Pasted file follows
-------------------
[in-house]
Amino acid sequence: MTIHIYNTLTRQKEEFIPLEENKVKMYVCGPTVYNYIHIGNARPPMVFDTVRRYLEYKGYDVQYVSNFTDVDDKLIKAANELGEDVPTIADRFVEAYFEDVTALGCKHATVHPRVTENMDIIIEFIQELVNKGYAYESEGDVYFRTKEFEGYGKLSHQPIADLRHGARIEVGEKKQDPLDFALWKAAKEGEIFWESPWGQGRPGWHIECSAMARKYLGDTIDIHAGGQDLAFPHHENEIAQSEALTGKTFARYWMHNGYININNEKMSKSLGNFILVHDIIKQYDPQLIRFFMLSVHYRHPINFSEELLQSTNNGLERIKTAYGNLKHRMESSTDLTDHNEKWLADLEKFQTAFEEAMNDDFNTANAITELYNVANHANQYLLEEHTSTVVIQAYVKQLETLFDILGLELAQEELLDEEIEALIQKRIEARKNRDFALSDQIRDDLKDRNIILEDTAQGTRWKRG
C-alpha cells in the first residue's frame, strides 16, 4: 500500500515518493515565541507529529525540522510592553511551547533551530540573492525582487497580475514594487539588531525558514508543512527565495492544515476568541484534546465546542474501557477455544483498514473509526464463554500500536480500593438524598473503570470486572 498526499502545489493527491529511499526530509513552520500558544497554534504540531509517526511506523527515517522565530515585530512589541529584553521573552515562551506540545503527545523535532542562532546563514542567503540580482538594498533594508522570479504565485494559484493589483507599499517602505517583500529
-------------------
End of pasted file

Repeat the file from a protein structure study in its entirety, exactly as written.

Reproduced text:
[in-house]
Amino acid sequence: MTIHIYNTLTRQKEEFIPLEENKVKMYVCGPTVYNYIHIGNARPPMVFDTVRRYLEYKGYDVQYVSNFTDVDDKLIKAANELGEDVPTIADRFVEAYFEDVTALGCKHATVHPRVTENMDIIIEFIQELVNKGYAYESEGDVYFRTKEFEGYGKLSHQPIADLRHGARIEVGEKKQDPLDFALWKAAKEGEIFWESPWGQGRPGWHIECSAMARKYLGDTIDIHAGGQDLAFPHHENEIAQSEALTGKTFARYWMHNGYININNEKMSKSLGNFILVHDIIKQYDPQLIRFFMLSVHYRHPINFSEELLQSTNNGLERIKTAYGNLKHRMESSTDLTDHNEKWLADLEKFQTAFEEAMNDDFNTANAITELYNVANHANQYLLEEHTSTVVIQAYVKQLETLFDILGLELAQEELLDEEIEALIQKRIEARKNRDFALSDQIRDDLKDRNIILEDTAQGTRWKRG
C-alpha cells in the first residue's frame, strides 16, 4: 500500500515518493515565541507529529525540522510592553511551547533551530540573492525582487497580475514594487539588531525558514508543512527565495492544515476568541484534546465546542474501557477455544483498514473509526464463554500500536480500593438524598473503570470486572 498526499502545489493527491529511499526530509513552520500558544497554534504540531509517526511506523527515517522565530515585530512589541529584553521573552515562551506540545503527545523535532542562532546563514542567503540580482538594498533594508522570479504565485494559484493589483507599499517602505517583500529